Previous Events 2012

Category Date Participant Title Venue
Seminar 14 Dec Prof KK Luke Categories-on-the-fly and their uses in interaction CityU
Seminar 6 Dec Prof Liu Chengyu Grammatical metaphor and semogenesis: A historical functional-cognitive stylistic perspective CityU
Seminar 4 Dec Prof Liu Chengyu Complementarities between functional linguistics and cognitive linguistics: Language as a complex adaptive system CityU
Seminar 29 Nov Prof Liu Chengyu Grammatical metaphor, style and cognition: From the perspective of functional-cognitive stylistics CityU
Workshop 16 Nov Prof Lewis Lancaster The annotations and analytics workshop | A new form of academic publication: Annotations and analytics CityU
Workshop 16 Nov Mr Howie Lan The annotations and analytics workshop | Technology overview of how to implement annotated analytics CityU
Workshop 16 Nov Mr Linus Lancaster The annotations and analytics workshop | Artist's annotations CityU
Seminar 14 Jun Dr Ahmah Mahboob Identity management and education CityU
Seminar 12 Jun Dr Ahmah Mahboob Researching and critiquing World Englishes CityU
Report 26 Mar Prof Jonathan Webster TeXt, TeXture and ArchiTeXture China
Report 23 Mar Prof Jonathan Webster The Language of Presidents: Studies in textureand architeXture China

Professor K K Luke (Nanyang Technological University, Singapore)

Categories-on-the-fly and their uses in interaction

Date : 14 December 2012
Time : 4:30pm -- 6:30pm
Venue : B7603, 7/F Lift 3, Blue Zone, Academic 1, City University of Hong Kong


'Identity' commonly understood tends to refer to such relatively 'permanent' categories as nationality, culture (typically national-culture), geographical or regional origin, occupation, roles in the family, age, gender, and is usually used – by the researcher – as a variable to explain human behaviour. These more-or-less 'permanent' identities also tend to come with ready-made labels: Chinese, American, Singaporean, dad, adolescents, women. But identities need not be 'permanent' (whatever that means) or ready-made. They can be, and often are, 'occasioned', i.e., invoked or made on the spot to fit an occasion, and used to serve specific purposes in a particular moment in an interaction. In this presentation, I will show some examples, from a corpus of naturally occurring talk, of 'categories-on-the-fly' and illustrate their varied uses as an interactional resource.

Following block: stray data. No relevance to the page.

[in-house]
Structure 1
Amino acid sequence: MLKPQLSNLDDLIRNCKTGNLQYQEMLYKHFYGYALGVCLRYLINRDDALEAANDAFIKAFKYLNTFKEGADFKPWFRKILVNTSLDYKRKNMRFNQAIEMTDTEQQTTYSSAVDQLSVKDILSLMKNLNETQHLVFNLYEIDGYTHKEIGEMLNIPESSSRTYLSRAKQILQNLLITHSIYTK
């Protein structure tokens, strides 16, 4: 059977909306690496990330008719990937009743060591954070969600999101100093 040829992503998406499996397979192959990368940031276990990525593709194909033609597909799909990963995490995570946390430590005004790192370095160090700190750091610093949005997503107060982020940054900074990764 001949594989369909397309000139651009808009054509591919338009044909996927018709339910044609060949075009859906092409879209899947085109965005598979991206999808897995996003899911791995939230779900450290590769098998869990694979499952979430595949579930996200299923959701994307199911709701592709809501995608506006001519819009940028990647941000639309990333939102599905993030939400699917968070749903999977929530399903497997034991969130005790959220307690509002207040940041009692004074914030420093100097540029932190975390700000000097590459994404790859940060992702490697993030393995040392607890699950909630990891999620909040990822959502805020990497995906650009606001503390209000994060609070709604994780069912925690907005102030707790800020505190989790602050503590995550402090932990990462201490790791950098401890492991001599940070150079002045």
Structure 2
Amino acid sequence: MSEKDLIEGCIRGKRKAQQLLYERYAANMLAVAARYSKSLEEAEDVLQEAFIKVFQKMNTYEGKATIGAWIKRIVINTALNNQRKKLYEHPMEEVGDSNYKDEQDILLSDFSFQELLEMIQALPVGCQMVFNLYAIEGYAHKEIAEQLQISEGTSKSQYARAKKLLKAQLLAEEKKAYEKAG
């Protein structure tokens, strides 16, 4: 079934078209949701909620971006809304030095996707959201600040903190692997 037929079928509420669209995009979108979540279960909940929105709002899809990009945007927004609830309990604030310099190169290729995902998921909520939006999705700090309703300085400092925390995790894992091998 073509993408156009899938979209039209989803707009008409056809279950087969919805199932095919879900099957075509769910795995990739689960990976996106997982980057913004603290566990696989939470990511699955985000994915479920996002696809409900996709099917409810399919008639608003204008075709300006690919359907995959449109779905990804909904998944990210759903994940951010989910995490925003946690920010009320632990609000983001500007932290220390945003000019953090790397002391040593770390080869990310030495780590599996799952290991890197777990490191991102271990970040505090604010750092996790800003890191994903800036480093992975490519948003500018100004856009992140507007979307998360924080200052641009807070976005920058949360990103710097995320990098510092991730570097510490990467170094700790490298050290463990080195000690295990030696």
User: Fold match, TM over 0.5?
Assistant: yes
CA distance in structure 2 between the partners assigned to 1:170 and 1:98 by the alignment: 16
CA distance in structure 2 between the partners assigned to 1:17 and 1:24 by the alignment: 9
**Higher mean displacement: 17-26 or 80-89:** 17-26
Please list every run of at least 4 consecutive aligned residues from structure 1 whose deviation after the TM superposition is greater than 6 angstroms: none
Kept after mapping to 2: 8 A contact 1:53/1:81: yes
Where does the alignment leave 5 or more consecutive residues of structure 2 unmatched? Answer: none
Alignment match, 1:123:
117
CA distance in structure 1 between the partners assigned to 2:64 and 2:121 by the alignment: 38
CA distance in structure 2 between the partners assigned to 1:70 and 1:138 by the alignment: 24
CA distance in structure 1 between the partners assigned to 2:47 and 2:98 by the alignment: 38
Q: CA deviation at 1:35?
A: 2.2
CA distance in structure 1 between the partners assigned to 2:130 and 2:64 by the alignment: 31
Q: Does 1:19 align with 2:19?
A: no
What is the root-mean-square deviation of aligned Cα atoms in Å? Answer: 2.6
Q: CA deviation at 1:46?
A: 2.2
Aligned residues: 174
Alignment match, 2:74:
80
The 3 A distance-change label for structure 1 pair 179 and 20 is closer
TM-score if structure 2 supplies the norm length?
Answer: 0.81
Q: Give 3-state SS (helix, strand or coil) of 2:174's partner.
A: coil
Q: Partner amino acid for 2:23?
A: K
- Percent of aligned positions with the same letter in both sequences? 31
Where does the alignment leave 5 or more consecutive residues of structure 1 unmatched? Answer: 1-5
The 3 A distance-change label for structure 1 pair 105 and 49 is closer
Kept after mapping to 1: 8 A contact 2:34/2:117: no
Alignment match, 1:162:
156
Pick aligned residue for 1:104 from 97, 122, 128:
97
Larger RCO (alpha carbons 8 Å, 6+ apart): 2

Professor LUKE Kang Kwong is Professor of Linguistics at Nanyang Technological University, Singapore. Prior to joining Nanyang he was Professor of Linguistics at the University of Hong Kong, and Head of the Department of Linguistics from 1997 to 2006. His research is in the areas of Chinese Linguistics and Conversation Analysis. He has worked on Cantonese phonology and grammar and the interface between language, cognition, and interaction using Chinese and English data. Among his more well-known publications are Utterance Particles in Cantonese Conversation, Language and Society in Hong Kong, and Telephone Calls: Unity and Diversity in the Structure of Telephone Conversations across Languages and Cultures. His latest publication is a special issue for Discourse Processes on 'Turns and Increments' which he co-edited with Sandra Thompson and Tsuyoshi Ono.